For example, the ECB has a deposit facility that pays interest to banks, an emergency marginal lending facility for overnight borrowing and a weekly refinancing operation in which it lends money to banks. It is the refinancing rate that usually dictates average money market interest rates with the deposit facility rate acting as a lower floor. So, in general, there are few grounds for the idea that setting a low interest rate for remuneration of reserves (or indeed a zero rate) will lead to the Fed losing control of inflation.
Still, with banks currently flooded with reserves, one could argue that it might be difficult over the next few years to raise the federal funds rate without hiking the interest rate paid on reserves. So one could still ask whether concerns about income shortfalls could lead to the Fed having to abandon paying interest on reserves and the operational efficiency gains that come with it. This is extremely unlikely.
Firstly, the Fed holds large amounts of assets that are set against currency “liabilities” which in practice pay no interest. So it could incur losses on the rest of its operations and still make a profit. Moreover, there is no operational need for the Fed’s stock of assets to exceed its stock of notional liabilities.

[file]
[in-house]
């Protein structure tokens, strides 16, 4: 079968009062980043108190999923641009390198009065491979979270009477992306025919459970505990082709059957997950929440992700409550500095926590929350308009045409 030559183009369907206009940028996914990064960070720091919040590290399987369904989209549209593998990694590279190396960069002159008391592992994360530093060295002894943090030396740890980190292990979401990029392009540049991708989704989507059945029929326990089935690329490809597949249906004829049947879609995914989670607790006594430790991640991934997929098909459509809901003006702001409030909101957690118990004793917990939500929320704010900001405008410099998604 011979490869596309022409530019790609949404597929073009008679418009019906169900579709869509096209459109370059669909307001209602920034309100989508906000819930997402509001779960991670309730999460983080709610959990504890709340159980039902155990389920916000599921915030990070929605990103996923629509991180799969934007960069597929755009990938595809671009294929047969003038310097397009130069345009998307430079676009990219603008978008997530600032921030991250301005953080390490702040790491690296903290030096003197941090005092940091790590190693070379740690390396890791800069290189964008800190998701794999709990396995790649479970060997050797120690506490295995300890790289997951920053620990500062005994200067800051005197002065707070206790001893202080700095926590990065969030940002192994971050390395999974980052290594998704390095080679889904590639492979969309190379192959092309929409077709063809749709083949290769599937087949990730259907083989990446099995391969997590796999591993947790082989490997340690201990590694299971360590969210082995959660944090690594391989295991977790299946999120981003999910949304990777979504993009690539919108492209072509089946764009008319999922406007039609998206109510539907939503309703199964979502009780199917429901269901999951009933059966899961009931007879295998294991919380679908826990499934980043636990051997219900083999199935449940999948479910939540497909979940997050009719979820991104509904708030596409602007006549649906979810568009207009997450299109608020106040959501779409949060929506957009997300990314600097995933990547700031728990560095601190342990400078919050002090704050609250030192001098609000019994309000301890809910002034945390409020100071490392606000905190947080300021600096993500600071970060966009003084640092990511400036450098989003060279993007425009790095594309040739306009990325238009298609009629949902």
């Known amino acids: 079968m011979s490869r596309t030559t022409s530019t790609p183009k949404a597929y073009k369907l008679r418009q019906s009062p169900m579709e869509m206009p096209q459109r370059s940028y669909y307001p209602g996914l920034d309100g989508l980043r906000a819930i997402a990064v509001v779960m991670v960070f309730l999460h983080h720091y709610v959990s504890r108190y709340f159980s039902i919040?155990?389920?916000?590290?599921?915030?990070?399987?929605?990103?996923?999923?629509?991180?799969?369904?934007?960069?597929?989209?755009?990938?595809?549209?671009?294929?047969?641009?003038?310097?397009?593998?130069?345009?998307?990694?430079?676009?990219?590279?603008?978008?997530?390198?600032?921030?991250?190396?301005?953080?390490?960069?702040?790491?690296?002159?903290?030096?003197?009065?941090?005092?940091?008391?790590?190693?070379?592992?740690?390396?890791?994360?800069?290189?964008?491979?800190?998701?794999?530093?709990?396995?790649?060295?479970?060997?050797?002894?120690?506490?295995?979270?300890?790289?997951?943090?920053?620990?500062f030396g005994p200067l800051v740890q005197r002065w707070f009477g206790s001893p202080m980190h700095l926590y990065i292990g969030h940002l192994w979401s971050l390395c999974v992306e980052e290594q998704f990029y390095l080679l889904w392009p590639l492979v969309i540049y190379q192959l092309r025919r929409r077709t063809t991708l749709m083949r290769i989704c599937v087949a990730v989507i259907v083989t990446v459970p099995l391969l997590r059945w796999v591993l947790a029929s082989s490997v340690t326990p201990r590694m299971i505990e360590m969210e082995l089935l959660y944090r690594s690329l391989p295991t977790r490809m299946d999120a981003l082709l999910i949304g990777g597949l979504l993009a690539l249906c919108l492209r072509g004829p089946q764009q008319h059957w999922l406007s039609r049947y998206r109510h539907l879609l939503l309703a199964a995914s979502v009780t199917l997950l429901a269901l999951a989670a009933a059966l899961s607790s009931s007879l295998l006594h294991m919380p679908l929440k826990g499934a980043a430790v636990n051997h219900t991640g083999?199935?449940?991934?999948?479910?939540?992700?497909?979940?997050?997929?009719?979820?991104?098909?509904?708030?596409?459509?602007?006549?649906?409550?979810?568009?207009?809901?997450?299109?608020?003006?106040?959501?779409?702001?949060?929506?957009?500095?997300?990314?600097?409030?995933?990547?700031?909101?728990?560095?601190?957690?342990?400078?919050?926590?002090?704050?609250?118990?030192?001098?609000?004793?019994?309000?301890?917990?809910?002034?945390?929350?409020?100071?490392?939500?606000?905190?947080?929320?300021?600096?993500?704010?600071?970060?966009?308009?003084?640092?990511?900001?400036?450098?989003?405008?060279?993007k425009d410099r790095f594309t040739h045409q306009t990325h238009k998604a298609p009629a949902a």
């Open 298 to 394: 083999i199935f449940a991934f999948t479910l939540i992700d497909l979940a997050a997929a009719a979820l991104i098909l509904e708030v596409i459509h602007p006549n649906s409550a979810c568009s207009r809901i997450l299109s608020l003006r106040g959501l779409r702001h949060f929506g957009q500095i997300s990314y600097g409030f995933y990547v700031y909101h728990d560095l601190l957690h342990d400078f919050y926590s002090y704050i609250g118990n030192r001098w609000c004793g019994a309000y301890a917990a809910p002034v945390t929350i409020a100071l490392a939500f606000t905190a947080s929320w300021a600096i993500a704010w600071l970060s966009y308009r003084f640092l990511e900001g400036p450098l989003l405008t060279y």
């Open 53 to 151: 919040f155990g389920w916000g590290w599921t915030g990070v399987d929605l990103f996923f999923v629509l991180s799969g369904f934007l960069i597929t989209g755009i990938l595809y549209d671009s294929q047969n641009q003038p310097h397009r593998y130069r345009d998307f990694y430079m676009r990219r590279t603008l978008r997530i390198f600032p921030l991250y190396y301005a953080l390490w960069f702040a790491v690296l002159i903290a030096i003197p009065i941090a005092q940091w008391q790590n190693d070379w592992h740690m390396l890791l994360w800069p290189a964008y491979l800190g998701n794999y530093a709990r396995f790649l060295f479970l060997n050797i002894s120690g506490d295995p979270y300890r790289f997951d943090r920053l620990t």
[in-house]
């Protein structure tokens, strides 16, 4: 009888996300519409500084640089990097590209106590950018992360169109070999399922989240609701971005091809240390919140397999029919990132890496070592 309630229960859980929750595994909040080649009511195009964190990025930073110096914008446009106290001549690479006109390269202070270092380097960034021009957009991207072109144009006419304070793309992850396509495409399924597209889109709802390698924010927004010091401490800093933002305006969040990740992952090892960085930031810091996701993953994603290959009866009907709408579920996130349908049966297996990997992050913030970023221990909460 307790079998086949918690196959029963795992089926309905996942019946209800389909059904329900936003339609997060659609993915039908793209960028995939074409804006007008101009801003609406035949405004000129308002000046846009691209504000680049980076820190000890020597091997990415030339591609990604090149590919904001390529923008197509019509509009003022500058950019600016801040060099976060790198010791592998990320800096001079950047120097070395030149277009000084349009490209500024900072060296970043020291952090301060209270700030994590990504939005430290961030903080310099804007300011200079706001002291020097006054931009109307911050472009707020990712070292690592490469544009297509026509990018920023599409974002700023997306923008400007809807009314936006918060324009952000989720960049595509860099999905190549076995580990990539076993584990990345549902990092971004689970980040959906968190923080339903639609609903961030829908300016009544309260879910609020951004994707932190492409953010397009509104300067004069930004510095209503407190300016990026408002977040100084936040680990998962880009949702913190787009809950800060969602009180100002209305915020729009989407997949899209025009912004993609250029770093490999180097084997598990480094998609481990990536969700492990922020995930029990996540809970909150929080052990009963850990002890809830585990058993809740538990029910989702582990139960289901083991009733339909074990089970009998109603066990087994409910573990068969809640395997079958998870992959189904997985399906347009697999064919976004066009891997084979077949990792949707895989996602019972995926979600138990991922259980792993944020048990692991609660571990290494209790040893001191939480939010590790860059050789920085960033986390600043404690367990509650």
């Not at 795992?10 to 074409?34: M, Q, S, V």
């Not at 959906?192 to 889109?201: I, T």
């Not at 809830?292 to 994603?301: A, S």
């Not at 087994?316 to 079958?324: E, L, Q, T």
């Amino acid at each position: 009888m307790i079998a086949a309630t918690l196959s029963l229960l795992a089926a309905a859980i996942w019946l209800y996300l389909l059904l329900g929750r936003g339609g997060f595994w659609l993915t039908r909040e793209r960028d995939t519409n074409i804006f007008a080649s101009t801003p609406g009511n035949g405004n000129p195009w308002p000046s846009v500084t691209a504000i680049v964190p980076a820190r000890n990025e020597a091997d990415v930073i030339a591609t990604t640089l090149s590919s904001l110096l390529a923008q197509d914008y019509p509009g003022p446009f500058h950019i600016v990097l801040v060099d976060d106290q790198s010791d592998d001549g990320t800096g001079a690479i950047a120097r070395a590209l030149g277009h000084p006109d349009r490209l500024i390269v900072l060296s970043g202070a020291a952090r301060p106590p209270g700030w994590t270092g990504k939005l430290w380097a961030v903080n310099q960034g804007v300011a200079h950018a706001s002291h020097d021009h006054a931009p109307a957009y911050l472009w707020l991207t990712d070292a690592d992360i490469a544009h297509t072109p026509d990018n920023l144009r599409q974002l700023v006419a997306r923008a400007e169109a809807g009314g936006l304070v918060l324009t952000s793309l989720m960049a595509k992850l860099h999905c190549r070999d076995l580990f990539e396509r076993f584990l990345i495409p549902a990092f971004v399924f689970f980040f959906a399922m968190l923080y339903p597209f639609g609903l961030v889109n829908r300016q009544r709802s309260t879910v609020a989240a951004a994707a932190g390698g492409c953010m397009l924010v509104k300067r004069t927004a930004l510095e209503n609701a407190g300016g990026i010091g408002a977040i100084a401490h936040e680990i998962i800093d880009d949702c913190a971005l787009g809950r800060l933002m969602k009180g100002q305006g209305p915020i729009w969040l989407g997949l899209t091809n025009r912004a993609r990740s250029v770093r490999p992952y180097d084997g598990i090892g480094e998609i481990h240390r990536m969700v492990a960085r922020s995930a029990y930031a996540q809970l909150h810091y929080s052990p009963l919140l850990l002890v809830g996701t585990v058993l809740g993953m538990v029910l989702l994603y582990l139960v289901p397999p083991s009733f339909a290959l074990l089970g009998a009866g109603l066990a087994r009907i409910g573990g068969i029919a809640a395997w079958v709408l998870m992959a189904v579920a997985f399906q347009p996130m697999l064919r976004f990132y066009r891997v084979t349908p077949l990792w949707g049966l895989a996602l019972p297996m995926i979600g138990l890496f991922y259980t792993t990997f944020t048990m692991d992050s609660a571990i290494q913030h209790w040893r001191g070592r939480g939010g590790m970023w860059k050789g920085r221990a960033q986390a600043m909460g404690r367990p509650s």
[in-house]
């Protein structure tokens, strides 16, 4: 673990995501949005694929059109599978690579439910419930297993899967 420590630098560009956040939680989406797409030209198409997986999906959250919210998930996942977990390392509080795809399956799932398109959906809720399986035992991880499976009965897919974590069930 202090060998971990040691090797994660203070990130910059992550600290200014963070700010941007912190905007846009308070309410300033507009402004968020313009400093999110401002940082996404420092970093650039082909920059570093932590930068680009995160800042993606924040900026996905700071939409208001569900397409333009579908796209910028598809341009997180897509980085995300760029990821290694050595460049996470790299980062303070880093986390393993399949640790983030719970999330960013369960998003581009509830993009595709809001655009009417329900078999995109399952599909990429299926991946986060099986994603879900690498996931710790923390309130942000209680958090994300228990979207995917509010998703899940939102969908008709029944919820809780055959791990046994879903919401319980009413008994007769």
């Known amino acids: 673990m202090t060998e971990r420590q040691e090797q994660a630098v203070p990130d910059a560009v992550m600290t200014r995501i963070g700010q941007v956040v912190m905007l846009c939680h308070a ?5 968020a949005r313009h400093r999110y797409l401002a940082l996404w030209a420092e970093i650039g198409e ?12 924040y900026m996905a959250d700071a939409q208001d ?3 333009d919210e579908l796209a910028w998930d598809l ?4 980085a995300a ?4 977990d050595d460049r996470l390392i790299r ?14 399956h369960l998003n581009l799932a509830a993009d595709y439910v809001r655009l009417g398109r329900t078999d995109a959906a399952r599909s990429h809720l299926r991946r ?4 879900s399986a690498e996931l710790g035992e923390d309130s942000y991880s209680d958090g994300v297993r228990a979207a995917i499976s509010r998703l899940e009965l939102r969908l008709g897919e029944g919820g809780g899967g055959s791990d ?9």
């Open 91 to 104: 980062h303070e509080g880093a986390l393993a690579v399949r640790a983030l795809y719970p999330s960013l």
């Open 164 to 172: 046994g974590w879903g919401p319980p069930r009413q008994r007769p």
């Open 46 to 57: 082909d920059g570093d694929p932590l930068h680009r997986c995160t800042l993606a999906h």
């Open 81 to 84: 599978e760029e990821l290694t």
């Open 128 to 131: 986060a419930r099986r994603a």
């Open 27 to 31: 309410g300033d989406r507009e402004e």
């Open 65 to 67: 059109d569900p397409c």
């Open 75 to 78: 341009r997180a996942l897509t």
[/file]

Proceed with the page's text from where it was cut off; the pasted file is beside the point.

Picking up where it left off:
Secondly, the Fed holds long-term assets and short-term liabilities and yield curves generally slope upwards. So, on average, the Fed is going to make profits even without the assets backing currency notes. It could thus go through a period of making losses and simply offset these losses with later profits that are partly retained rather than handed over to the US Treasury.
Hall and Reis note in their paper that this latter option of smoothing out profits and losses by varying dividends to the Treasury may not be possible if the Treasury decided to prevent the Fed from accumulating too much profit income without handing it over to the rest of the US government. Here I can only say that any future world in which the Treasury is allowed to bully the Fed into providing it with more income would indeed be one in which price stability is endangered but only because the Fed will have lost its independence, not because of QE-related losses on assets.